Well, here you go. the 2014 CBR650F is an all-new design, optimized for all levels of ability while still being inviting for new riders. It’s is a SMOOTH OPERATOR sportbike with precise handling.
Honda started with a clean sheet, designing the chassis and DOHC, liquid-cooled motor just for this model.
Here are the highlights:
It may be all new, but Honda has gone back in time. The twin-spar steel frame, supersport-sized tires, nonadjustable 41mm fork and two-piston front calipers. The motor looks like the first-gen 600RR’s, but the stroke is a little longer to give it 649cc, and compression is down as well. We won’t tear down and measure the cylinder heads to confirm my suspicions that the ports and valves are sized for optimal low and midrange power. But power is a good 20 percent less than the 600RR’s—although fuel consumption is much better
It’s all wrapped up in sleek, modern bodywork and gets a bevy of features you’d expect from more expensive motorcycles.The aluminum swingarm and GP-style four-into-one exhaust look great, as do the abbreviated tail section and 14-spoke wheels. The bulbous tank looks a little odd, but then you realize it holds 17 litres and doesn’t affect comfort. The bars are in a sporty position, but are still pretty comfortable riding position, and the instrumentation offers enough info to get your geek on although the horn and signal button are in swapped position. All in, the bike weighs 209 kg dry.
The 650F is a refined and modern-feeling ride. The engine is smooth, and the PGM-FI fuel-injection means you can ride off as soon as you start it up. Power is also F2-ish: around 80 hp at the back wheel, but it’s available at lower rpm, making the motor more flexible and noob-friendly, but plenty fast enough to get you into trouble or keep up with even slightly insane friends on more focused sportbikes.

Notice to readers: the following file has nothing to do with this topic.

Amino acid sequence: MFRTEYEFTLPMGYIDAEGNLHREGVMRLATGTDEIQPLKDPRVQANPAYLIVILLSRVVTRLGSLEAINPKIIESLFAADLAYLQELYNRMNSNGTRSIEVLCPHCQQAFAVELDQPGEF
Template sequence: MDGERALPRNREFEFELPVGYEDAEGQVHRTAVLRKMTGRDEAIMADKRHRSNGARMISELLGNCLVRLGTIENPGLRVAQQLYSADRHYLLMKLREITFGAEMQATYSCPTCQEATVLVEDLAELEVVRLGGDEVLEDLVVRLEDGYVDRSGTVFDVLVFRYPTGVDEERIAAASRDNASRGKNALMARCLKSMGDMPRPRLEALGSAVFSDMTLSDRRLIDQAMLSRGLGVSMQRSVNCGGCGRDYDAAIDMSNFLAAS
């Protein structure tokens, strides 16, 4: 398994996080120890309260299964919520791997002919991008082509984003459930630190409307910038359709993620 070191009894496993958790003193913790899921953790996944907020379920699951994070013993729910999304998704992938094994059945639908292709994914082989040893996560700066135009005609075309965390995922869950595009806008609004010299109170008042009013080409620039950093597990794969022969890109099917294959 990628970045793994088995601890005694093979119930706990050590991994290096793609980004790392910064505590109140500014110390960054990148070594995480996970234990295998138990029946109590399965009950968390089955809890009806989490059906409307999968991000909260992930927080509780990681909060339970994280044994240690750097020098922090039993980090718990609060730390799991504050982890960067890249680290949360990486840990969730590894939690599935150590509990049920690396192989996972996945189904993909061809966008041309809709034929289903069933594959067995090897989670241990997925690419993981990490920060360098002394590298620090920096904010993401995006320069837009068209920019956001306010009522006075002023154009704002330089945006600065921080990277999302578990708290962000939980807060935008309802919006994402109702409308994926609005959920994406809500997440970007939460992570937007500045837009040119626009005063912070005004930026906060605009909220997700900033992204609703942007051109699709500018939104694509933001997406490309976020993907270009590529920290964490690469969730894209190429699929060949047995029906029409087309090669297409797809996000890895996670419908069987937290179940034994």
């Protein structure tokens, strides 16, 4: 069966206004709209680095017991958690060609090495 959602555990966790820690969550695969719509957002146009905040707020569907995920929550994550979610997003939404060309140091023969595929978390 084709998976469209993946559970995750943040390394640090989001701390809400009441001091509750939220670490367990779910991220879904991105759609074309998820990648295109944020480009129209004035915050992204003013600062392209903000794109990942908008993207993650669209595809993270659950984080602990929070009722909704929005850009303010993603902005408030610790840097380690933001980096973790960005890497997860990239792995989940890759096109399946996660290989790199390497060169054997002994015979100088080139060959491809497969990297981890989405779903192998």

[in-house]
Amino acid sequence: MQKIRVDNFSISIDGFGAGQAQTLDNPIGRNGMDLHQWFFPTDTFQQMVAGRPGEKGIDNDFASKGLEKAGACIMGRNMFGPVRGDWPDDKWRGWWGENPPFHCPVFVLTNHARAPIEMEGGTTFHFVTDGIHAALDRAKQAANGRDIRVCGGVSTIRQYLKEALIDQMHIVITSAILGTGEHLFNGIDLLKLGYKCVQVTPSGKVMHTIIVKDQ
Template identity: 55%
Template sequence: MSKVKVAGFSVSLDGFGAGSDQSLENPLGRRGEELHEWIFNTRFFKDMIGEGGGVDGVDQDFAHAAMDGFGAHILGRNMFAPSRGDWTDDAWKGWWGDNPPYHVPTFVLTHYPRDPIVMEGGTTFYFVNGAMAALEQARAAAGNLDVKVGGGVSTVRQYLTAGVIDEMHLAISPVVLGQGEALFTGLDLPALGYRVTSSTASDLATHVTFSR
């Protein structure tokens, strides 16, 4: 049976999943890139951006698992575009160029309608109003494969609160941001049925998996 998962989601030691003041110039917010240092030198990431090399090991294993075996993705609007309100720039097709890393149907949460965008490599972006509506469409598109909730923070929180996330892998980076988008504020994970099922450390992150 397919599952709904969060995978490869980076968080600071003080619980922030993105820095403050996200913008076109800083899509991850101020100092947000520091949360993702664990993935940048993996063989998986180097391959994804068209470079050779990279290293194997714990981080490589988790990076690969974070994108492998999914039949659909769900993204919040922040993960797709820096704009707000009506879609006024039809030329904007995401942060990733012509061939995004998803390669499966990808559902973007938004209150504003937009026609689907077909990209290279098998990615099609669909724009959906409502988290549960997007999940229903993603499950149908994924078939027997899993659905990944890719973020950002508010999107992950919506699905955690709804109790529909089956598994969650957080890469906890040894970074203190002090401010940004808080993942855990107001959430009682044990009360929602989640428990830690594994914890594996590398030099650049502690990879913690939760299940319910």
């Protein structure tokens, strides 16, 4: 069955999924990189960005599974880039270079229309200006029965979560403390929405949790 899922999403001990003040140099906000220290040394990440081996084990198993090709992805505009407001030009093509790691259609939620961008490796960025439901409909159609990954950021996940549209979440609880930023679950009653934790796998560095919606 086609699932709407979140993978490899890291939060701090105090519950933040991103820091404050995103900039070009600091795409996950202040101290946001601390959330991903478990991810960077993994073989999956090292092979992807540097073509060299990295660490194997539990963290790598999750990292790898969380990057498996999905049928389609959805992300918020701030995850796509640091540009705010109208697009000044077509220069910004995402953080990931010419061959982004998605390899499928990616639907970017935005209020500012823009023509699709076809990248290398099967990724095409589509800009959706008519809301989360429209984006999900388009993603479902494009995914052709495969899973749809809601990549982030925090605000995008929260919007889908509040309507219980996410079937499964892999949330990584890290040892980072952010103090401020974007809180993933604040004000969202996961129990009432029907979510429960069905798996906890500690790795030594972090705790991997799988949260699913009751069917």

For sporting use, the 650 should keep 90 percent of riders happy with its ability. It’s heavy, but 209kg, isn’t really much these days, and it feels light enough. It’s easy to steer and but I don’t like the standard mirrors but has no-wrong personality, and handling is precise and easy to ride even with pillion. The forks are set up decently and control the front wheel while providing a comfortable ride, and the shock—which has no linkage but at least is adjustable for preload—keeps things in line back there, too. The brakes are a little better than you’d expect, but won’t fool you into thinking there are more than two pistons per caliper—but they do the job well.
On the freeway, the little CBR shines. I actually rode it up the ELITE highway to Sepang to my MotoGP winter Test assignment back-to-back for 3 days, I kept thinking that the RM41,999 motorcycle was almost as good for touring as more expensive motorcycle. I saw 5.6 litre per 100km, which put 321km between fill ups, and the seat and wind protection were pretty good (I am a shorty, though, so taller riders may feel differently). I think it would be hard to beat as a commuter, given its range, economy, low price, narrow profile and easy handling.
For the price, you really can’t beat it, whatever your experience level. It may be all new, but it doesn’t feel any different at all, and that’s okay—sometimes you do it right the first time, and there’s no reason to re-invent the wheel. HondaCBR